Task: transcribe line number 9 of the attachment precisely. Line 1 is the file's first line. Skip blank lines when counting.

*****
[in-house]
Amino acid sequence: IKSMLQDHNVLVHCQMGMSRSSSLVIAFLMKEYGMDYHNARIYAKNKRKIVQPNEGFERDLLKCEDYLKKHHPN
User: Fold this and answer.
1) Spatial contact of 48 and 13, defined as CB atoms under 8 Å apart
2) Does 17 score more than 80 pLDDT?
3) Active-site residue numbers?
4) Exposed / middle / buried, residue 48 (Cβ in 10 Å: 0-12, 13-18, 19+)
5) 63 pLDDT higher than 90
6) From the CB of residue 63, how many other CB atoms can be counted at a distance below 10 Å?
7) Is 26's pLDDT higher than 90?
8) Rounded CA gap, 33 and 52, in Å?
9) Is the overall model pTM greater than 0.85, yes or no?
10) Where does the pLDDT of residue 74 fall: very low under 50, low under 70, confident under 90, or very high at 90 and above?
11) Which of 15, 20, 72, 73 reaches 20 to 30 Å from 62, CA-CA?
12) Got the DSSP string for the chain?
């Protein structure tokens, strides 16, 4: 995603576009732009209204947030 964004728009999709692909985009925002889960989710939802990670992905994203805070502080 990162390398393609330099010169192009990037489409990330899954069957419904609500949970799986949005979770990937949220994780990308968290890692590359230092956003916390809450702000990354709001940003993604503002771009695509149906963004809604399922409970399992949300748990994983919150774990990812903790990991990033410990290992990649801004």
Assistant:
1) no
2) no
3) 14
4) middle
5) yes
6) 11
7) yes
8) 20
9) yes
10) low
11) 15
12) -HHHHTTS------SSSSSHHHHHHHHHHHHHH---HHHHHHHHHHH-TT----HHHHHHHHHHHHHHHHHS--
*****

6) From the CB of residue 63, how many other CB atoms can be counted at a distance below 10 Å?